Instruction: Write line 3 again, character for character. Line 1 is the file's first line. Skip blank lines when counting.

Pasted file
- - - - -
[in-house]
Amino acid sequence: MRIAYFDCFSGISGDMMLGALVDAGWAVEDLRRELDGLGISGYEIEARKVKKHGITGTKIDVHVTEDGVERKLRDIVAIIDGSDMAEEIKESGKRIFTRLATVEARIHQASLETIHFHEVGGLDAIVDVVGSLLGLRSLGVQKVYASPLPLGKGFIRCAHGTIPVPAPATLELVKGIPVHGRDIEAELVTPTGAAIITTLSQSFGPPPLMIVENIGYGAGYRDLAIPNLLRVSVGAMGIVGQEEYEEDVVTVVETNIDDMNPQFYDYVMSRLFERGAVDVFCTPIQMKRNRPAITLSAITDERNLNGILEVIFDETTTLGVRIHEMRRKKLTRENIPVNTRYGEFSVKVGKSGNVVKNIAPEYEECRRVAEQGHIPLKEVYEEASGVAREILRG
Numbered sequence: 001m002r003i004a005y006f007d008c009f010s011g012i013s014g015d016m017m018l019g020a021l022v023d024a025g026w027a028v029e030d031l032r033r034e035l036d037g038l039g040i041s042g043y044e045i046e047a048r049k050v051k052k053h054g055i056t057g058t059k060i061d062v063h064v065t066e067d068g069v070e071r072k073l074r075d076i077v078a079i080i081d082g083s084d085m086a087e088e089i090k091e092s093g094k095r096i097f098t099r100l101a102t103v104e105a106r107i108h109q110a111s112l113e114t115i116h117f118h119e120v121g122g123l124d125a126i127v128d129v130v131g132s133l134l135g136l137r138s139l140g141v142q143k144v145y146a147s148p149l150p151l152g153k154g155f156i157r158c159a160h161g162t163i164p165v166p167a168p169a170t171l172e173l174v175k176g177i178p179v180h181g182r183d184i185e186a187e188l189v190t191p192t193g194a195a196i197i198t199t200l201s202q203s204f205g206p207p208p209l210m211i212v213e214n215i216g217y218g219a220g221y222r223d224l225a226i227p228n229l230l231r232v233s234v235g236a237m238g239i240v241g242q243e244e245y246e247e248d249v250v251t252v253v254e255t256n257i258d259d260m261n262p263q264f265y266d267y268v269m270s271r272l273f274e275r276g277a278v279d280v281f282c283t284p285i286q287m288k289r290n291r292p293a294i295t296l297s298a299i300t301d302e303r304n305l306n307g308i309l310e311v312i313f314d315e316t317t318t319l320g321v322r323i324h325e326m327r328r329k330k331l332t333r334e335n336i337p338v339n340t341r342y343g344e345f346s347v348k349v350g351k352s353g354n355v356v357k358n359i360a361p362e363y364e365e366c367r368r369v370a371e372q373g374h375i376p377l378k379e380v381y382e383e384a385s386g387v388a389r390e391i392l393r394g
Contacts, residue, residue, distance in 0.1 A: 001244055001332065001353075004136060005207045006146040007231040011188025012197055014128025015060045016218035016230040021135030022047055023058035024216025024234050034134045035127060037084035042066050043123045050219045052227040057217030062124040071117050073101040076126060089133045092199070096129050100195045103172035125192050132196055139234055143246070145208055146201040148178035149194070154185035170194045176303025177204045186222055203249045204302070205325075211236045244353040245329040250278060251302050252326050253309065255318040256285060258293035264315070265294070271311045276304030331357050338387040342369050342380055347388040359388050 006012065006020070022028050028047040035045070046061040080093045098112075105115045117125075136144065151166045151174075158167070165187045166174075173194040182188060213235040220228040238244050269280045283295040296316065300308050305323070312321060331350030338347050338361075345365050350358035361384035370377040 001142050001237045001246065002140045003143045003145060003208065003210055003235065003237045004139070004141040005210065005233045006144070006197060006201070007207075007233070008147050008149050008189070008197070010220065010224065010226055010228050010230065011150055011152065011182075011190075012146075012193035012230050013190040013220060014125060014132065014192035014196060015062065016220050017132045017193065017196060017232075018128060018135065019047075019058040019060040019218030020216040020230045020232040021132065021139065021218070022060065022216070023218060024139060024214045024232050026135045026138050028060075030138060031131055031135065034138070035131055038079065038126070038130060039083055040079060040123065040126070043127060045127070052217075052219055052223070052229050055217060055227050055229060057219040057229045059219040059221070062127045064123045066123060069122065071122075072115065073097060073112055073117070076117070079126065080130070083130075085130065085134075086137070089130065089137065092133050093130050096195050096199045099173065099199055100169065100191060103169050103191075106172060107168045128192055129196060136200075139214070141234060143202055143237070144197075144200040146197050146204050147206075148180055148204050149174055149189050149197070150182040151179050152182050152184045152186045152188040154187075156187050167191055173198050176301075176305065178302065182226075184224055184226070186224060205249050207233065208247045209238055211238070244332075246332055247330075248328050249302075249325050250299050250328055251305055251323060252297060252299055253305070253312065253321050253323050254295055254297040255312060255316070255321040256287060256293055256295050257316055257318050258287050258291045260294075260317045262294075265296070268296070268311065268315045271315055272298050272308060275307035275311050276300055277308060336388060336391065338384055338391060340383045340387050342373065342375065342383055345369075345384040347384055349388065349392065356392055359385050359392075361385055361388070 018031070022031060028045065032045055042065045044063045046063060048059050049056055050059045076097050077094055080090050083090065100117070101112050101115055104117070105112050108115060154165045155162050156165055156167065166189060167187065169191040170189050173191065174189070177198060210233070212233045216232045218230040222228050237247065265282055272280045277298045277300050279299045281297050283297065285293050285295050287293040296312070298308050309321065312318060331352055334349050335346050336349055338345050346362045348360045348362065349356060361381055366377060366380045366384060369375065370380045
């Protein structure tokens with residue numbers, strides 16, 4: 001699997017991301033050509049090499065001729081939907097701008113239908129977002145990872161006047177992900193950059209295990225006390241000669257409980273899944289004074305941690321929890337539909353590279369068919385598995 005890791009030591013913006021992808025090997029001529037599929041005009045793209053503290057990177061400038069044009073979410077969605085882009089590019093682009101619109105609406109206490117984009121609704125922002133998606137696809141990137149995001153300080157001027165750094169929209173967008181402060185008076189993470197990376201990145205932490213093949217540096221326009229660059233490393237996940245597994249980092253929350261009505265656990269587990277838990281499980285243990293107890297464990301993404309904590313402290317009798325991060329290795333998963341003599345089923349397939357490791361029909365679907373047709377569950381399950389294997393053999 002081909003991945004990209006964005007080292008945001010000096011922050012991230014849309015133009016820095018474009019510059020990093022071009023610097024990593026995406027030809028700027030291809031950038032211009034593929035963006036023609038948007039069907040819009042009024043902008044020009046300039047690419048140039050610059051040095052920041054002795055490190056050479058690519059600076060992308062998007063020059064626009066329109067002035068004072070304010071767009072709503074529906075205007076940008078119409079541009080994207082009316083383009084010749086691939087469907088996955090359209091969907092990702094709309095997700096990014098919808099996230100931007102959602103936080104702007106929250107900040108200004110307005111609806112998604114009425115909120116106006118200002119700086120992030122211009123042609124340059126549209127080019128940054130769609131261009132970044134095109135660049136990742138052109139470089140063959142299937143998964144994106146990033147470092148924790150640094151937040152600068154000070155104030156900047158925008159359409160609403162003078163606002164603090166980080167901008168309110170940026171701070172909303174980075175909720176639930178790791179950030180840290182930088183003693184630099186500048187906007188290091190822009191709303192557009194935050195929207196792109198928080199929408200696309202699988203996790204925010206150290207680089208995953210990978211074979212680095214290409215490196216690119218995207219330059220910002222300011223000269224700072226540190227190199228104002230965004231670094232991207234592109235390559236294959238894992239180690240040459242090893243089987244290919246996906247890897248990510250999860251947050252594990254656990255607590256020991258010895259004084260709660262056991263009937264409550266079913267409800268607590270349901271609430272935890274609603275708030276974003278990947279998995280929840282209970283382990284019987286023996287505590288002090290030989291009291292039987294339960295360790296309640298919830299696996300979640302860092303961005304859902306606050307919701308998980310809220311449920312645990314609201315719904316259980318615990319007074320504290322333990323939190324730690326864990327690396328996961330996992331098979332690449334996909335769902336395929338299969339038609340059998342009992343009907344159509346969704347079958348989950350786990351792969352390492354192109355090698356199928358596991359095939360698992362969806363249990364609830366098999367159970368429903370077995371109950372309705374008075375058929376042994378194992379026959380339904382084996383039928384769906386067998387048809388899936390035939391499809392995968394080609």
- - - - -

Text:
Numbered sequence: 001m002r003i004a005y006f007d008c009f010s011g012i013s014g015d016m017m018l019g020a021l022v023d024a025g026w027a028v029e030d031l032r033r034e035l036d037g038l039g040i041s042g043y044e045i046e047a048r049k050v051k052k053h054g055i056t057g058t059k060i061d062v063h064v065t066e067d068g069v070e071r072k073l074r075d076i077v078a079i080i081d082g083s084d085m086a087e088e089i090k091e092s093g094k095r096i097f098t099r100l101a102t103v104e105a106r107i108h109q110a111s112l113e114t115i116h117f118h119e120v121g122g123l124d125a126i127v128d129v130v131g132s133l134l135g136l137r138s139l140g141v142q143k144v145y146a147s148p149l150p151l152g153k154g155f156i157r158c159a160h161g162t163i164p165v166p167a168p169a170t171l172e173l174v175k176g177i178p179v180h181g182r183d184i185e186a187e188l189v190t191p192t193g194a195a196i197i198t199t200l201s202q203s204f205g206p207p208p209l210m211i212v213e214n215i216g217y218g219a220g221y222r223d224l225a226i227p228n229l230l231r232v233s234v235g236a237m238g239i240v241g242q243e244e245y246e247e248d249v250v251t252v253v254e255t256n257i258d259d260m261n262p263q264f265y266d267y268v269m270s271r272l273f274e275r276g277a278v279d280v281f282c283t284p285i286q287m288k289r290n291r292p293a294i295t296l297s298a299i300t301d302e303r304n305l306n307g308i309l310e311v312i313f314d315e316t317t318t319l320g321v322r323i324h325e326m327r328r329k330k331l332t333r334e335n336i337p338v339n340t341r342y343g344e345f346s347v348k349v350g351k352s353g354n355v356v357k358n359i360a361p362e363y364e365e366c367r368r369v370a371e372q373g374h375i376p377l378k379e380v381y382e383e384a385s386g387v388a389r390e391i392l393r394g